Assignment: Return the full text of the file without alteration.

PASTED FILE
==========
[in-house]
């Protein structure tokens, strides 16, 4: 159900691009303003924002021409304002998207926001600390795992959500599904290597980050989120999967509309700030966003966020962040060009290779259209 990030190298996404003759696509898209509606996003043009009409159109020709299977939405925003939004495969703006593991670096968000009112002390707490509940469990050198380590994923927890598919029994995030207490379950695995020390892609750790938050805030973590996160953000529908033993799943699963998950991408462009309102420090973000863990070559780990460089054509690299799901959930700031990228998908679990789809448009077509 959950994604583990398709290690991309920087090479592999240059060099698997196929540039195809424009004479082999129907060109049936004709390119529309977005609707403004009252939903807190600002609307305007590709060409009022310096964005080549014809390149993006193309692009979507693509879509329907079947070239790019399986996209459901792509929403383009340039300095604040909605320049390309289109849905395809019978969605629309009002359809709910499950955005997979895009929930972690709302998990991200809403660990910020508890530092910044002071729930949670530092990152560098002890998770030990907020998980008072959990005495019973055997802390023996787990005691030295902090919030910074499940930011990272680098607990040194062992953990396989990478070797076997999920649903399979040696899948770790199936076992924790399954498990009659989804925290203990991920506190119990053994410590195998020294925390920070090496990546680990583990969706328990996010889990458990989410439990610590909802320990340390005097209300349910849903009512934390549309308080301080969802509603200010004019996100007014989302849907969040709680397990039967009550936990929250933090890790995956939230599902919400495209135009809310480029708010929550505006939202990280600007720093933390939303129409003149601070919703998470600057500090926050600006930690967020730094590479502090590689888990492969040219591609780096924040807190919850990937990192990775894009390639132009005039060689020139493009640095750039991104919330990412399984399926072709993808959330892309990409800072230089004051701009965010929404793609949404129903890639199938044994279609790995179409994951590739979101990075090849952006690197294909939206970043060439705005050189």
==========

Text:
[in-house]
């Protein structure tokens, strides 16, 4: 159900691009303003924002021409304002998207926001600390795992959500599904290597980050989120999967509309700030966003966020962040060009290779259209 990030190298996404003759696509898209509606996003043009009409159109020709299977939405925003939004495969703006593991670096968000009112002390707490509940469990050198380590994923927890598919029994995030207490379950695995020390892609750790938050805030973590996160953000529908033993799943699963998950991408462009309102420090973000863990070559780990460089054509690299799901959930700031990228998908679990789809448009077509 959950994604583990398709290690991309920087090479592999240059060099698997196929540039195809424009004479082999129907060109049936004709390119529309977005609707403004009252939903807190600002609307305007590709060409009022310096964005080549014809390149993006193309692009979507693509879509329907079947070239790019399986996209459901792509929403383009340039300095604040909605320049390309289109849905395809019978969605629309009002359809709910499950955005997979895009929930972690709302998990991200809403660990910020508890530092910044002071729930949670530092990152560098002890998770030990907020998980008072959990005495019973055997802390023996787990005691030295902090919030910074499940930011990272680098607990040194062992953990396989990478070797076997999920649903399979040696899948770790199936076992924790399954498990009659989804925290203990991920506190119990053994410590195998020294925390920070090496990546680990583990969706328990996010889990458990989410439990610590909802320990340390005097209300349910849903009512934390549309308080301080969802509603200010004019996100007014989302849907969040709680397990039967009550936990929250933090890790995956939230599902919400495209135009809310480029708010929550505006939202990280600007720093933390939303129409003149601070919703998470600057500090926050600006930690967020730094590479502090590689888990492969040219591609780096924040807190919850990937990192990775894009390639132009005039060689020139493009640095750039991104919330990412399984399926072709993808959330892309990409800072230089004051701009965010929404793609949404129903890639199938044994279609790995179409994951590739979101990075090849952006690197294909939206970043060439705005050189």